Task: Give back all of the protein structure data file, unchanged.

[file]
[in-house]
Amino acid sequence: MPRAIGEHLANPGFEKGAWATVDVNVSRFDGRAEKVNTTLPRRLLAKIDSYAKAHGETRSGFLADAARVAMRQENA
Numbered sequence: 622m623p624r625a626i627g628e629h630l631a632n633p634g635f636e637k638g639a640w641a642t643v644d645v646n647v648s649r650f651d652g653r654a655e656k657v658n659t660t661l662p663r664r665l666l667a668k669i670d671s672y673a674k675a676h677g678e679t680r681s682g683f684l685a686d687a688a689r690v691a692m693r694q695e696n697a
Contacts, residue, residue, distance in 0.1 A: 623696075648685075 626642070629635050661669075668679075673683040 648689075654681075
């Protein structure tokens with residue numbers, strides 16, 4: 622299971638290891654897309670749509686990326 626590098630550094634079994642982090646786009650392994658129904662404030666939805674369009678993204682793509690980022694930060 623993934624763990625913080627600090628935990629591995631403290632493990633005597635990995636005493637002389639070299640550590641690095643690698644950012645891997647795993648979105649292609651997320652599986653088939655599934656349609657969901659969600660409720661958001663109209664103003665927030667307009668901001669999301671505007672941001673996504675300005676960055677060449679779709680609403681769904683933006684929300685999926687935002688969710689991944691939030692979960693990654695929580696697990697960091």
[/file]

[in-house]
Amino acid sequence: MPRAIGEHLANPGFEKGAWATVDVNVSRFDGRAEKVNTTLPRRLLAKIDSYAKAHGETRSGFLADAARVAMRQENA
Numbered sequence: 622m623p624r625a626i627g628e629h630l631a632n633p634g635f636e637k638g639a640w641a642t643v644d645v646n647v648s649r650f651d652g653r654a655e656k657v658n659t660t661l662p663r664r665l666l667a668k669i670d671s672y673a674k675a676h677g678e679t680r681s682g683f684l685a686d687a688a689r690v691a692m693r694q695e696n697a
Contacts, residue, residue, distance in 0.1 A: 623696075648685075 626642070629635050661669075668679075673683040 648689075654681075
């Protein structure tokens with residue numbers, strides 16, 4: 622299971638290891654897309670749509686990326 626590098630550094634079994642982090646786009650392994658129904662404030666939805674369009678993204682793509690980022694930060 623993934624763990625913080627600090628935990629591995631403290632493990633005597635990995636005493637002389639070299640550590641690095643690698644950012645891997647795993648979105649292609651997320652599986653088939655599934656349609657969901659969600660409720661958001663109209664103003665927030667307009668901001669999301671505007672941001673996504675300005676960055677060449679779709680609403681769904683933006684929300685999926687935002688969710689991944691939030692979960693990654695929580696697990697960091």